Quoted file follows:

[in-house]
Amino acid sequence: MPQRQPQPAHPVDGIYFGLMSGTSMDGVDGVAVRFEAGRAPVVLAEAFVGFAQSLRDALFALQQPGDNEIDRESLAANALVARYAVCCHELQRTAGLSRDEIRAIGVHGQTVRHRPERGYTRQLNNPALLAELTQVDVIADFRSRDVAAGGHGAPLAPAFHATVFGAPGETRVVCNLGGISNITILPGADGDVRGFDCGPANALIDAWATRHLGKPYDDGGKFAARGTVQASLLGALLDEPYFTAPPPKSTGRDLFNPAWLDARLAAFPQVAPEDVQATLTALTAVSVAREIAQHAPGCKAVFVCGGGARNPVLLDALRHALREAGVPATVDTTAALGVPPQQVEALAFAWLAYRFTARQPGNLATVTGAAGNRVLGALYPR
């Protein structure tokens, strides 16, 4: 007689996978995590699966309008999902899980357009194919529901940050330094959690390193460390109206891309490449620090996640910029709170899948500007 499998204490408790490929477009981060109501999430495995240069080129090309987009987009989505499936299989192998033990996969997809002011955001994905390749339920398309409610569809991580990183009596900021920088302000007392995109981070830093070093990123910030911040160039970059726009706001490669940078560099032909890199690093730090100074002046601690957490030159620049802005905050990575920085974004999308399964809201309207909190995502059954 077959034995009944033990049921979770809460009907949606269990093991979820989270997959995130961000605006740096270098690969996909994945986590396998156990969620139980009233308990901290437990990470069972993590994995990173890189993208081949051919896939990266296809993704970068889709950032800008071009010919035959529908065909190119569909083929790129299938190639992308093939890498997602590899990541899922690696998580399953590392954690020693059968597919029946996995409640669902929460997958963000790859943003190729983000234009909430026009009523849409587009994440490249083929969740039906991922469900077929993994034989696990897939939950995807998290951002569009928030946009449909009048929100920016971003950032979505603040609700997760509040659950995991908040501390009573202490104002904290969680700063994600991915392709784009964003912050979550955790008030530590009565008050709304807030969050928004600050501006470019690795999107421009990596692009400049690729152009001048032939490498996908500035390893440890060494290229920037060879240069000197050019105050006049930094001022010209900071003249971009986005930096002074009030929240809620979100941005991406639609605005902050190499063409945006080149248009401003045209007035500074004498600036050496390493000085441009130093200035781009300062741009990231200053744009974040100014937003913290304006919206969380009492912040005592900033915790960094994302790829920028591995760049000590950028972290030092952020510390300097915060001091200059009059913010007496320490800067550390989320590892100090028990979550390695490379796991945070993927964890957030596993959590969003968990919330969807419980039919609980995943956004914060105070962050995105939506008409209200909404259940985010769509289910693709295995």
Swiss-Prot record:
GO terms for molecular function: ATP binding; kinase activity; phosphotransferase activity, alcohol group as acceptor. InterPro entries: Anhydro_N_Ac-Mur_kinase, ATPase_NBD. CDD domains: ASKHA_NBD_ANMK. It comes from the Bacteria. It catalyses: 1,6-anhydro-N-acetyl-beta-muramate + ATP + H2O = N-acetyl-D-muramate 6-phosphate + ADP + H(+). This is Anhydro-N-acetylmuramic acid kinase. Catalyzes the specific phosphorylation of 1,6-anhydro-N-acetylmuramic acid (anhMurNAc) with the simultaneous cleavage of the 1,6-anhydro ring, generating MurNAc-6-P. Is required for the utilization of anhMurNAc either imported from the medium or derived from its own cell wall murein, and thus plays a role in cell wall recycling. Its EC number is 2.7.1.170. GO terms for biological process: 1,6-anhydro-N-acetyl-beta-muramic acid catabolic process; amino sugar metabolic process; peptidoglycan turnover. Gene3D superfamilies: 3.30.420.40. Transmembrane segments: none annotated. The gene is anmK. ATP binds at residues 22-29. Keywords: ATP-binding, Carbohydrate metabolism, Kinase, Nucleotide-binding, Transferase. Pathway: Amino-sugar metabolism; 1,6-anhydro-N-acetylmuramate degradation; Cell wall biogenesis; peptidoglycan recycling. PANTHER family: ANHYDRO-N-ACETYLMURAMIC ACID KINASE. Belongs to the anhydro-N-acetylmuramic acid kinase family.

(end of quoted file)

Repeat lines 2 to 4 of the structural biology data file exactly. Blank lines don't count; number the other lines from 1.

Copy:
Amino acid sequence: MPQRQPQPAHPVDGIYFGLMSGTSMDGVDGVAVRFEAGRAPVVLAEAFVGFAQSLRDALFALQQPGDNEIDRESLAANALVARYAVCCHELQRTAGLSRDEIRAIGVHGQTVRHRPERGYTRQLNNPALLAELTQVDVIADFRSRDVAAGGHGAPLAPAFHATVFGAPGETRVVCNLGGISNITILPGADGDVRGFDCGPANALIDAWATRHLGKPYDDGGKFAARGTVQASLLGALLDEPYFTAPPPKSTGRDLFNPAWLDARLAAFPQVAPEDVQATLTALTAVSVAREIAQHAPGCKAVFVCGGGARNPVLLDALRHALREAGVPATVDTTAALGVPPQQVEALAFAWLAYRFTARQPGNLATVTGAAGNRVLGALYPR
């Protein structure tokens, strides 16, 4: 007689996978995590699966309008999902899980357009194919529901940050330094959690390193460390109206891309490449620090996640910029709170899948500007 499998204490408790490929477009981060109501999430495995240069080129090309987009987009989505499936299989192998033990996969997809002011955001994905390749339920398309409610569809991580990183009596900021920088302000007392995109981070830093070093990123910030911040160039970059726009706001490669940078560099032909890199690093730090100074002046601690957490030159620049802005905050990575920085974004999308399964809201309207909190995502059954 077959034995009944033990049921979770809460009907949606269990093991979820989270997959995130961000605006740096270098690969996909994945986590396998156990969620139980009233308990901290437990990470069972993590994995990173890189993208081949051919896939990266296809993704970068889709950032800008071009010919035959529908065909190119569909083929790129299938190639992308093939890498997602590899990541899922690696998580399953590392954690020693059968597919029946996995409640669902929460997958963000790859943003190729983000234009909430026009009523849409587009994440490249083929969740039906991922469900077929993994034989696990897939939950995807998290951002569009928030946009449909009048929100920016971003950032979505603040609700997760509040659950995991908040501390009573202490104002904290969680700063994600991915392709784009964003912050979550955790008030530590009565008050709304807030969050928004600050501006470019690795999107421009990596692009400049690729152009001048032939490498996908500035390893440890060494290229920037060879240069000197050019105050006049930094001022010209900071003249971009986005930096002074009030929240809620979100941005991406639609605005902050190499063409945006080149248009401003045209007035500074004498600036050496390493000085441009130093200035781009300062741009990231200053744009974040100014937003913290304006919206969380009492912040005592900033915790960094994302790829920028591995760049000590950028972290030092952020510390300097915060001091200059009059913010007496320490800067550390989320590892100090028990979550390695490379796991945070993927964890957030596993959590969003968990919330969807419980039919609980995943956004914060105070962050995105939506008409209200909404259940985010769509289910693709295995």
Swiss-Prot record: